Mitt Romney Wins New Hampshire

More

We blogged the last-minute salvos as the Granite State headed to the polls and the results came in.

10:38 p.m. A couple of quick thoughts on the race:

    1) Times have changed enough that it now is possible to be too anti-gay for even a GOP presidential primary contest. The young let-us-alone brigades who backed Paul also blocked Santorum's ascent in New Hampshire.
    2) It was a very good night for Mormons running for president, with Romney and Huntsman taking first and third in the state, and later making remarks alongside large, good-looking and prosperous families, who will help any barriers left for Mormons in public life fall.
    3) New Hampshire pollsters did a commendable job in a notoriously hard to poll state; there were no major surprises, for a change.
    4) For all the early chatter about the GOP's field of far-right candidates, the race in the end took some surprisingly liberal turns, with voters handing the victory in both Iowa and N.H. to a Massachusetts moderate (or former moderate, at any rate) whose career has now sparked a debate within the GOP about the moral worthiness of financial sector work.

And with that, ladies and gentlemen, I bid you good night.

10:01 p.m. Everyone's staying in, it seems. In speeches following Romney's tonight, Ron Paul (No. 2 finisher), Jon Hunstman (No. 3) and Newt Gingrich and Rick Santorum (still trading votes between 4th and 5th) all indicated they would stay in the race and continue to fight in South Carolina, which holds its primary January 21. Paul gave a long series of remarks to a wildly enthusiastic audience that broke out into chant of "revolution!", discoursing widely on liberty, the Federal Reserve, monetary policy, inflation, and intellectual diversity. Huntsman, for his part, was oddly ebullient, declaring: "Ladies and gentlemen I think we're in the hunt...third place is a ticket to ride." Santorum was downcast, but pointed out that he'd doubled or tripled his poll numbers in the state since winning the Iowa caucuses. And Gingrich was unapologetic for his attacks on Romney, which have opened a rift within the Republican party over how to talk about unfettered free-market capitalism and the financial sector. All vowed to press on.

8:40 p.m. Mitt to N.H.: "You're the best!" A beaming Mitt Romney just finished addressing his supporters in New Hampshire, clearly savoring the win as they chanted "Mitt Mitt Mitt" and hooted their joy, but wasting no time in resuming his relentless critique of President Obama in words honed on the stump across multiple states.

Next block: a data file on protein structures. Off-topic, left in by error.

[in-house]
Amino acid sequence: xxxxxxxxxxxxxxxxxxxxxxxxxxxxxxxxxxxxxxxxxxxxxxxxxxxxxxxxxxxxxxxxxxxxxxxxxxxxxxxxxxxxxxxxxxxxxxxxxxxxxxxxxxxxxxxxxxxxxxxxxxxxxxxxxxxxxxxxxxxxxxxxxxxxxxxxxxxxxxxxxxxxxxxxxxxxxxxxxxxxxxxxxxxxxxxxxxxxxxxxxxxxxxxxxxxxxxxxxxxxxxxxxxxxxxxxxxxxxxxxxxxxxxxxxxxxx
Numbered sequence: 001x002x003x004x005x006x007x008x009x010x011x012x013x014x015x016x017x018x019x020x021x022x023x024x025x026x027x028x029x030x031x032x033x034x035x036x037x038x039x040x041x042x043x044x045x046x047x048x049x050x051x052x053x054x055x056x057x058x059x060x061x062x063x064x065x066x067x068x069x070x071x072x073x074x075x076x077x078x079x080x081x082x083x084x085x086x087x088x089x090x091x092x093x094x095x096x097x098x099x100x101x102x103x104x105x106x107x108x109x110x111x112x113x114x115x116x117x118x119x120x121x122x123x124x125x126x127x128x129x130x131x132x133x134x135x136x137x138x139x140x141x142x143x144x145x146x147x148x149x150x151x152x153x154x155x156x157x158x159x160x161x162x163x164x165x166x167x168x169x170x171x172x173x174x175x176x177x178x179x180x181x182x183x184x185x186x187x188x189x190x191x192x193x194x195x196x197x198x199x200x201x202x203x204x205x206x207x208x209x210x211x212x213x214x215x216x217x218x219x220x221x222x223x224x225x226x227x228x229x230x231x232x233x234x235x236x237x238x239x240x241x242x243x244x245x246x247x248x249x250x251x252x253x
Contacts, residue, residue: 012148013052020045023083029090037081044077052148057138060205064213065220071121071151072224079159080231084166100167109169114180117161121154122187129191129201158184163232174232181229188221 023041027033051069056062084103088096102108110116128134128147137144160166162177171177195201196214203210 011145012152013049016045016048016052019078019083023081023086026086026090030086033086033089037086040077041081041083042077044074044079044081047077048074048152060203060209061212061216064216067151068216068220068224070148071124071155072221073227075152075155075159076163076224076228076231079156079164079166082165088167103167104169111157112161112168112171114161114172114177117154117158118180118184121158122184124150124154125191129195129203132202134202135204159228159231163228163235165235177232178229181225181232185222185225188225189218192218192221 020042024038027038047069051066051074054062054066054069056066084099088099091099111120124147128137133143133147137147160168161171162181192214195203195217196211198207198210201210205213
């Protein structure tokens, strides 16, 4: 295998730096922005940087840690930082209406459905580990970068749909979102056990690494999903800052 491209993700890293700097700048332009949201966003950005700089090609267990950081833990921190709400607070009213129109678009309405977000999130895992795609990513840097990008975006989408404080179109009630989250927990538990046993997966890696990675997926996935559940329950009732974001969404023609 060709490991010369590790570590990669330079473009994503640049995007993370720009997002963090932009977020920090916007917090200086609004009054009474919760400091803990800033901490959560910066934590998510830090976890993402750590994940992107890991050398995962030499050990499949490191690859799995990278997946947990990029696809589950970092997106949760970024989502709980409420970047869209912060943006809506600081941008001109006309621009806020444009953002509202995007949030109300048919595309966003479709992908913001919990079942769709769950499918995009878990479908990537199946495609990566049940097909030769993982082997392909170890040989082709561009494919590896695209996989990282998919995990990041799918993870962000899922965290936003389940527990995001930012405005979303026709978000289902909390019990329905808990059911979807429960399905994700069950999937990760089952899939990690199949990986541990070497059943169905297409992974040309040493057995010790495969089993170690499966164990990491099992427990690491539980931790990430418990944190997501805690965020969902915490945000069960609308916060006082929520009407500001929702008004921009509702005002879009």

"Tonight we celebrate, tomorrow we go back to work," Romney said. But his speech saw him eager to go back to work immediately as he quickly shifted into a general election attack. "Today we're faced with the disappointing record of a failed president," he said, pointing to Obama's comment on the economy that "it could be worse." "It could be worse?! That's not what it means to be an American, it could be worse," Romney said. "What defines us as Americans is our unwavering conviction that it must be better and it will be better....Americans know that our future is brighter and better than these troubled times....We still believe in the hope the promise and the dream of America."

"The president has run out of ideas, now he's running out of excuses," Romney said, as the crowd again burst out with cries of Mitt Mitt Mitt Mitt. A smile crept across his face. "Tonight were asking the good people of South Carolina to join the people of New Hampshire and make 2012 the year he runs out of time."

Romney nodded toward the critiques of his tenure at Bain Capital coming from other Republicans, but turned even that into a critique of the president. "President Obama wants to put free enterprise on trial and in the last few days we've seen some desperate Republicans join forces with him," Romney said. This was "such a mistake for our party." He urged Americans to be "lifted up by our desire to succeed, not dragged down by our envy of success" and to celebrate the core values that unite the nation.